From binoculars and boots to bytes and bots: harnessing remote sensing and AI for ecological monitoring

For power and water developments to be truly sustainable, we must preserve and protect biodiversity. But it can be difficult to look after what you don’t know about or don’t understand. In the age of Big Data, automation, AI and increasingly clever gadgets, field ecologists can now do more with less – in other words, get lots of good information very quickly and with far less cost. That’s good for projects and for our planet.  

Field ecologists spend much of our time gathering information on species occurrence, distribution, abundance, habitat requirements, and threats. We need methods to detect and quantify biodiversity that are efficient and sensitive, and not biased, invasive or destructive.  

Our job increasingly involves leveraging the advances in monitoring technology, computing power, and machine-learning methods to help our clients assess, avoid, mitigate or offset environmental impacts. Vast amounts of visual, spatial, genetic and acoustic information can now be captured using new tools such as ‘camera traps’, automated image classifiers, passive acoustic monitoring, automated species detection from audio data, and eDNA. 

Camera trapping  

Camera trap monitoring (using digital cameras activated by motion or heat) is a powerful tool for observing and cataloguing species, but it can generate enormous numbers of images. Each image needs to be viewed and tagged to create meaningful data. Until now, that’s taken up a lot of human time. Now, however, machine-learning models can automate the process of detecting and classifying animals.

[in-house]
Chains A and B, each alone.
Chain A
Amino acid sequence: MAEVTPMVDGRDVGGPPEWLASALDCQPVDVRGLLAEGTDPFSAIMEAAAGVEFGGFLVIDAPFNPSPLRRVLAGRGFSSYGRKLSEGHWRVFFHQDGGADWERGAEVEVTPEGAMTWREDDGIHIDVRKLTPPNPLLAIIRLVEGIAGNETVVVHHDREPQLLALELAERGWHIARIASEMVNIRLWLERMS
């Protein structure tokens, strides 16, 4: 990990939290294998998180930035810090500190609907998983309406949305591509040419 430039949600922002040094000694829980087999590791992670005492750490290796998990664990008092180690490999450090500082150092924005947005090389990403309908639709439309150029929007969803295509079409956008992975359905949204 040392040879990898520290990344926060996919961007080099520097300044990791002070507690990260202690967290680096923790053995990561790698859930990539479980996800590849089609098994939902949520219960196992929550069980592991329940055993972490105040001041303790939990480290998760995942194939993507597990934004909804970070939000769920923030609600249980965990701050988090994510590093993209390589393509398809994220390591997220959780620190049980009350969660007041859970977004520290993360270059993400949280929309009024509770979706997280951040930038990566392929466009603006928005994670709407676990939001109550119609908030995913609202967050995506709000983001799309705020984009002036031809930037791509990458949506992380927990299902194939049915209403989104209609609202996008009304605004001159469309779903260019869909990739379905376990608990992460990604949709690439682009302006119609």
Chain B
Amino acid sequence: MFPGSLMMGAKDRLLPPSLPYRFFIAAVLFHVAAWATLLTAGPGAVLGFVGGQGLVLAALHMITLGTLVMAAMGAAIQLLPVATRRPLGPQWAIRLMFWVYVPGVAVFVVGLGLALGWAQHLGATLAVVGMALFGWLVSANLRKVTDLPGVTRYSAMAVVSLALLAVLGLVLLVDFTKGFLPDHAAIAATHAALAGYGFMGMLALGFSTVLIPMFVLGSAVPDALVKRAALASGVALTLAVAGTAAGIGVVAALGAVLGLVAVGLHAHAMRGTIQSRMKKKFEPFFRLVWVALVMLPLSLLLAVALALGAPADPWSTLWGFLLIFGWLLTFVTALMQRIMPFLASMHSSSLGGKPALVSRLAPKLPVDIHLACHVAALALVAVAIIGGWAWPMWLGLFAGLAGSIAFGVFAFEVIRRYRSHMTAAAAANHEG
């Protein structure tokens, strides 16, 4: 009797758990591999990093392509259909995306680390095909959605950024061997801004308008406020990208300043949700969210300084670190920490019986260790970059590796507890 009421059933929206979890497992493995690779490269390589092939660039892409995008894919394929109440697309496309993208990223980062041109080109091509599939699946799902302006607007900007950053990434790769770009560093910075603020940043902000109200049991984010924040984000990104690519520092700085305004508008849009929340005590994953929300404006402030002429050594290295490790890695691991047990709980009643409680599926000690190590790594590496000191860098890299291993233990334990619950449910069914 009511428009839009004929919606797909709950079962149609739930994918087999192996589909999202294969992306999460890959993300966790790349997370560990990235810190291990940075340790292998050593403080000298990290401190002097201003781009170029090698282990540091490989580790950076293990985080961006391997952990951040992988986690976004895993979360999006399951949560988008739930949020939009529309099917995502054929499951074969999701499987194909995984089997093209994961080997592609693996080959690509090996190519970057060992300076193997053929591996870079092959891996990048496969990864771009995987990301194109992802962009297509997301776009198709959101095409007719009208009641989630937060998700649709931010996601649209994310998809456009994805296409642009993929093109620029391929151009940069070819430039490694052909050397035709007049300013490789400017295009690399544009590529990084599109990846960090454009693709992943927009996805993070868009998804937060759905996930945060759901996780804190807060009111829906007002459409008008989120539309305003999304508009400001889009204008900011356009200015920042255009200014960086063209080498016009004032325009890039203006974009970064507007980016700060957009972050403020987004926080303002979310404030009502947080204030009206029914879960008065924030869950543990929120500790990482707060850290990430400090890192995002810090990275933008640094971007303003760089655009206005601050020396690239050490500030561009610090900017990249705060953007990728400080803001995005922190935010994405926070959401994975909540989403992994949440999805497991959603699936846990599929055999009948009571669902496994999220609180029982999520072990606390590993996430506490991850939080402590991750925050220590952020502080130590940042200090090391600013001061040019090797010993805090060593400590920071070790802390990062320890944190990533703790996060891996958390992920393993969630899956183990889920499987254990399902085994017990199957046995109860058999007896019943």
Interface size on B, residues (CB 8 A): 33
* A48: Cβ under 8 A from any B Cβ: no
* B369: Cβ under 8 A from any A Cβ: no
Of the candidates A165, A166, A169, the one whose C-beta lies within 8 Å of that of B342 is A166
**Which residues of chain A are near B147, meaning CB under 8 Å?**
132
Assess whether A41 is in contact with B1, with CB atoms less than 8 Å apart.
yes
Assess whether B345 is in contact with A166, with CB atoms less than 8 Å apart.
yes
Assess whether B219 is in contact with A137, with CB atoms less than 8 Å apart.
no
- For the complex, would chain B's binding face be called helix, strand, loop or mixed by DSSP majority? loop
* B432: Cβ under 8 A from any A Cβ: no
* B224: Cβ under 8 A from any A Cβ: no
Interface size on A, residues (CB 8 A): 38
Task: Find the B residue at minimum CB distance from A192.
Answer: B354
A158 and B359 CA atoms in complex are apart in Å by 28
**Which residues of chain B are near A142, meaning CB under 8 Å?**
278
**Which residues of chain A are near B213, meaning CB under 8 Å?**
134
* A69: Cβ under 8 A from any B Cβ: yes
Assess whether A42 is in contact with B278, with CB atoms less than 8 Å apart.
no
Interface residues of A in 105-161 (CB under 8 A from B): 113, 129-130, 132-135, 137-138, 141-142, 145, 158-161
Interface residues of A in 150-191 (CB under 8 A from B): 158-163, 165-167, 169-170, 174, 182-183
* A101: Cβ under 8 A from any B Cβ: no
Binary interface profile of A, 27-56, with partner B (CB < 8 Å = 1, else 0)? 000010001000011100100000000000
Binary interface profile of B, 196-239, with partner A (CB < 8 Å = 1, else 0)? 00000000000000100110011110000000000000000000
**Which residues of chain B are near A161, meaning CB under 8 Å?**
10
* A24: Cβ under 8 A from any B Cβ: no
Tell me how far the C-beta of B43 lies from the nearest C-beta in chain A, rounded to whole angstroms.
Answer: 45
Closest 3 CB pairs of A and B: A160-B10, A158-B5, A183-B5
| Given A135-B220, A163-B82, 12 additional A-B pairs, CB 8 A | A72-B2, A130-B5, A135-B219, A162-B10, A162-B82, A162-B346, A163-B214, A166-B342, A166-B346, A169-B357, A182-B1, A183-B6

For example, the ‘MegaDetector’ is an open-source image-segmentation tool from Google that can automatically place a bounding box around a region of interest in the environment, in this case zooming in on an animal and isolating it from the background. This can be put into a wildlife-species classifier before verification by a human, raising the accuracy of classifying some species to up to 99% and increasing the speed at least 20-fold – in fact, it is estimated that approximately 5,000 images can be tagged per hour using these workflows. 

Examples of camera trap images with the MegaDetector bounding box applied

As well as detecting rare, cryptic and elusive native species, camera trapping can also detect and help to quantify the threat posed by introduced animals. Technology has even been developed that enables humane, automated feral cat and fox control: the ‘Felixer’ device uses rangefinder sensors to distinguish target cats and foxes from non-target wildlife and humans. Felixers can even be programmed to play a variety of audio lures to attract feral cats and foxes. The targets are detected via a camera-based AI system working in tandem with four LiDARs. These devices are operating in all Australian states and territories, protecting threatened species including bilbies, bettongs, rock wallabies, quolls, malleefowl, ground parrots, numbats and rare dunnarts and rodents. 

Passive acoustic monitoring